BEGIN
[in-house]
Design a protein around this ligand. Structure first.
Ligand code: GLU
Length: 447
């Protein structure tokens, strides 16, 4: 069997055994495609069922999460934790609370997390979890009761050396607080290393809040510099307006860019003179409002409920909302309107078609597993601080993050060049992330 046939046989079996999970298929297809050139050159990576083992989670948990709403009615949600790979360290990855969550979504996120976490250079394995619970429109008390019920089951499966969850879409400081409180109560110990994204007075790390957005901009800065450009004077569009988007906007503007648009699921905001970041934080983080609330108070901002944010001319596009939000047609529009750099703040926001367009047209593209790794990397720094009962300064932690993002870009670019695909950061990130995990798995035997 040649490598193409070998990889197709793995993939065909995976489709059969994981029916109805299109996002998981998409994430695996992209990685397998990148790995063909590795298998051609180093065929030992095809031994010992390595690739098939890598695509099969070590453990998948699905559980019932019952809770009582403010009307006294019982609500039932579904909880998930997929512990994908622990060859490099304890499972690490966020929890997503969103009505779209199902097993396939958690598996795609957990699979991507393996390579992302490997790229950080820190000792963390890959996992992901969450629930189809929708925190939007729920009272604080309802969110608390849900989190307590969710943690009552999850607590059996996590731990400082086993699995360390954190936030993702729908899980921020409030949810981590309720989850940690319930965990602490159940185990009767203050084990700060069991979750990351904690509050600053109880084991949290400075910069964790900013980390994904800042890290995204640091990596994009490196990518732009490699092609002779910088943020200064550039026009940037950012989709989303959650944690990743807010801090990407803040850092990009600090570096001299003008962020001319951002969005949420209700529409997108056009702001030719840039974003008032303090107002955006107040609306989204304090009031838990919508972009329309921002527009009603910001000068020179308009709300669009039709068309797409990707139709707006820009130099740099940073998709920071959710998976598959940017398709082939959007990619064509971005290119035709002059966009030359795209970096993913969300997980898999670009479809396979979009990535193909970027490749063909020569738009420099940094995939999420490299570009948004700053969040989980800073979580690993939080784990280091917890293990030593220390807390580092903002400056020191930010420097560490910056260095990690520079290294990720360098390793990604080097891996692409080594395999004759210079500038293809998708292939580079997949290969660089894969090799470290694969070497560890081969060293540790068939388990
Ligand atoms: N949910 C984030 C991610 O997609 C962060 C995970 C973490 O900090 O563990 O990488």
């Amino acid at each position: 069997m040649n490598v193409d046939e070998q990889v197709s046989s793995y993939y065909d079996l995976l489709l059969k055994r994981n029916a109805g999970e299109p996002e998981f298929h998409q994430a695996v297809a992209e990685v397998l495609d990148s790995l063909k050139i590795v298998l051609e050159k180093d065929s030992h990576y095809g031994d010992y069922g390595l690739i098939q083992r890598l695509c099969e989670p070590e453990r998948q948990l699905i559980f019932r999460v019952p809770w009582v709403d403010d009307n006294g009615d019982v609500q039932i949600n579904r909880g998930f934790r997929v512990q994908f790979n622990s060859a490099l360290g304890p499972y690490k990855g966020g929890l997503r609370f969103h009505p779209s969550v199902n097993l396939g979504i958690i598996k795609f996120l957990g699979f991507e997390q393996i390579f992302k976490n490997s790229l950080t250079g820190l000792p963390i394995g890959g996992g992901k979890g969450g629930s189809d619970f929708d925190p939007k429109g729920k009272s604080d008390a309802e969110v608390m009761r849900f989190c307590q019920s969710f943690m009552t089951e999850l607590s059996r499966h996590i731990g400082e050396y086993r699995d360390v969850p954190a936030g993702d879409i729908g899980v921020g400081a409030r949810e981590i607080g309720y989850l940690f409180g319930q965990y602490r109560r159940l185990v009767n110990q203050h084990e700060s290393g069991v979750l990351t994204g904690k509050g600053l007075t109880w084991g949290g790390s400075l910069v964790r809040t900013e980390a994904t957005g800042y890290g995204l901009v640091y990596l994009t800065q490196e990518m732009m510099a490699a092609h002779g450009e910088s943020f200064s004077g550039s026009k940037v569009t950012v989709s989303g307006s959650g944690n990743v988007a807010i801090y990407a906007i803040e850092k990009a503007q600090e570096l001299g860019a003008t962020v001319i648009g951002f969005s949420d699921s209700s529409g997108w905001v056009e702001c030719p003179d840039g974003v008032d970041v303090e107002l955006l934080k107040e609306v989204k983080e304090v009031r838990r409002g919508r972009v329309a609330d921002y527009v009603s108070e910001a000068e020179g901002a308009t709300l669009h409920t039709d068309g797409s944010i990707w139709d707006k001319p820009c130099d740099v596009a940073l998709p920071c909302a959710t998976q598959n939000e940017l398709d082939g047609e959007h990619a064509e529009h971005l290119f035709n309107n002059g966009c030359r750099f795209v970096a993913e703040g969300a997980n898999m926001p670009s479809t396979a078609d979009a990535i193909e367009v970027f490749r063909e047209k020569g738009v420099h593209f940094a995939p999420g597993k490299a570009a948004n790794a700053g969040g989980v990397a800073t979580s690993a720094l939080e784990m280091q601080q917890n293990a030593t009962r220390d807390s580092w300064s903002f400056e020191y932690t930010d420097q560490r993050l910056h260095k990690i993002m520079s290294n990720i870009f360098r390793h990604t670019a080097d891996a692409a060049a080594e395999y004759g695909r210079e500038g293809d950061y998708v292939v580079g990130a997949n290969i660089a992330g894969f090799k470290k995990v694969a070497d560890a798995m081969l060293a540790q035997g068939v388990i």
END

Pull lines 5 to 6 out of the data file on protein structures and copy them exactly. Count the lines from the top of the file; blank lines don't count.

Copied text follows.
């Protein structure tokens, strides 16, 4: 069997055994495609069922999460934790609370997390979890009761050396607080290393809040510099307006860019003179409002409920909302309107078609597993601080993050060049992330 046939046989079996999970298929297809050139050159990576083992989670948990709403009615949600790979360290990855969550979504996120976490250079394995619970429109008390019920089951499966969850879409400081409180109560110990994204007075790390957005901009800065450009004077569009988007906007503007648009699921905001970041934080983080609330108070901002944010001319596009939000047609529009750099703040926001367009047209593209790794990397720094009962300064932690993002870009670019695909950061990130995990798995035997 040649490598193409070998990889197709793995993939065909995976489709059969994981029916109805299109996002998981998409994430695996992209990685397998990148790995063909590795298998051609180093065929030992095809031994010992390595690739098939890598695509099969070590453990998948699905559980019932019952809770009582403010009307006294019982609500039932579904909880998930997929512990994908622990060859490099304890499972690490966020929890997503969103009505779209199902097993396939958690598996795609957990699979991507393996390579992302490997790229950080820190000792963390890959996992992901969450629930189809929708925190939007729920009272604080309802969110608390849900989190307590969710943690009552999850607590059996996590731990400082086993699995360390954190936030993702729908899980921020409030949810981590309720989850940690319930965990602490159940185990009767203050084990700060069991979750990351904690509050600053109880084991949290400075910069964790900013980390994904800042890290995204640091990596994009490196990518732009490699092609002779910088943020200064550039026009940037950012989709989303959650944690990743807010801090990407803040850092990009600090570096001299003008962020001319951002969005949420209700529409997108056009702001030719840039974003008032303090107002955006107040609306989204304090009031838990919508972009329309921002527009009603910001000068020179308009709300669009039709068309797409990707139709707006820009130099740099940073998709920071959710998976598959940017398709082939959007990619064509971005290119035709002059966009030359795209970096993913969300997980898999670009479809396979979009990535193909970027490749063909020569738009420099940094995939999420490299570009948004700053969040989980800073979580690993939080784990280091917890293990030593220390807390580092903002400056020191930010420097560490910056260095990690520079290294990720360098390793990604080097891996692409080594395999004759210079500038293809998708292939580079997949290969660089894969090799470290694969070497560890081969060293540790068939388990
Ligand atoms: N949910 C984030 C991610 O997609 C962060 C995970 C973490 O900090 O563990 O990488």